Official Review: Beneath the ROSH by Lisa MacLeod

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Latest Review: Beneath the ROSH by Lisa MacLeod
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Official Review: Beneath the ROSH by Lisa MacLeod

Post by MarisaRose » 10 Jan 2020, 14:56

[Following is an official review of "Beneath the ROSH" by Lisa MacLeod.]
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3 out of 4 stars
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Beneath the ROSH, by Lisa MacLeod, is the story of a teenage girl growing up in Australia and facing great hardship. At the onset of the novel, Paige is a normal teen with a normal family. Paige lives with her mother, father, and little sister; and her biggest concerns revolve around hanging out with her friends and keeping up with her school work. Unfortunately, Paige’s life begins to spiral out of control after a fatal accident changes her family forever. Over time, Paige’s homelife deteriorates, and she realizes home is no longer a safe place. Unfortunately, Paige’s circumstances don’t qualify her for government help. How will Paige, as a young teen, manage to survive on her own?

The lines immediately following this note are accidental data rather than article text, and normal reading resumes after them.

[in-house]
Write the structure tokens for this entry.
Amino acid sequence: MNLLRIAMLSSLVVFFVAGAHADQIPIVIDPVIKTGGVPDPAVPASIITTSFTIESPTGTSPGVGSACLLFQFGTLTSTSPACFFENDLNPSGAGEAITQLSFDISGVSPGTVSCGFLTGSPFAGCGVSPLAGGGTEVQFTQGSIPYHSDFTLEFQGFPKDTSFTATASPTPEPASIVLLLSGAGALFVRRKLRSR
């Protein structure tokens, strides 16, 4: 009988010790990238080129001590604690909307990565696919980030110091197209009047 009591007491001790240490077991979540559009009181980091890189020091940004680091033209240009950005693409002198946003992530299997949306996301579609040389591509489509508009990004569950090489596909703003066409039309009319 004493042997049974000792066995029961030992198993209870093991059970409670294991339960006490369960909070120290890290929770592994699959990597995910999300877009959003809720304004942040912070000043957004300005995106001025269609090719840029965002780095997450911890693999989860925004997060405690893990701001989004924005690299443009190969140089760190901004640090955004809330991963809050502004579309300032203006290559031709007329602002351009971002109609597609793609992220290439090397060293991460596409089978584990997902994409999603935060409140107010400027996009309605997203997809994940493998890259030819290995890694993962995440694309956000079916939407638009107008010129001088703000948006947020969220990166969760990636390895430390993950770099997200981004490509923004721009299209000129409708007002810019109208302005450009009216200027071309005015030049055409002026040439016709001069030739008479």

This novel focuses on the important issue of homeless youth. MacLeod expertly writes a meaningful story while also making important points about the problematic government programs that are supposed to help children like Paige. Further, the role of adults is properly scrutinized in this novel. For example, Paige faces baseless assumptions and judgments from adults who should be helping her, and one is left wondering how many children are given the same incorrect scrutiny in the real world. Although the use of a teenage narrator may make this book seem like it is targeted at a young adult audience, these important elements make Beneath the ROSH a novel worthy of the attention of adults.

Moreover, Paige is a likeable narrator, and readers of any age will find her easy to connect with. The narration manages to portray Paige’s struggle with homelessness while incorporating a balance of typical teenage themes. This balance properly conveys the message that homeless teens are still regular teens. Further, the narration captures the voice of a struggling teenager exceptionally well. Like one would expect from a teenage narrator, Paige isn’t always pragmatic, she struggles with her inability to change things, and her frustration seeps through the pages. Overall, I found Paige to be realistic and engaging.

In addition to the well-developed themes and immersive narration, MacLeod adequately conveys the complexity of Paige’s situation. For example, Paige has a perfectly normal and well-off family at the beginning of the novel. Her family’s downward spiral portrays how these situations can happen to anyone; they are not only subject to lower-class or broken families like many stereotypes suggest. Similarly, MacLeod’s portrayal of the relationship between Paige and her mother accurately illustrates the emotional complexity of situations involving abuse: Although Paige hates her mother’s actions and blames her for the hardships their family has faced, Paige occasionally feels empathy for her mother too.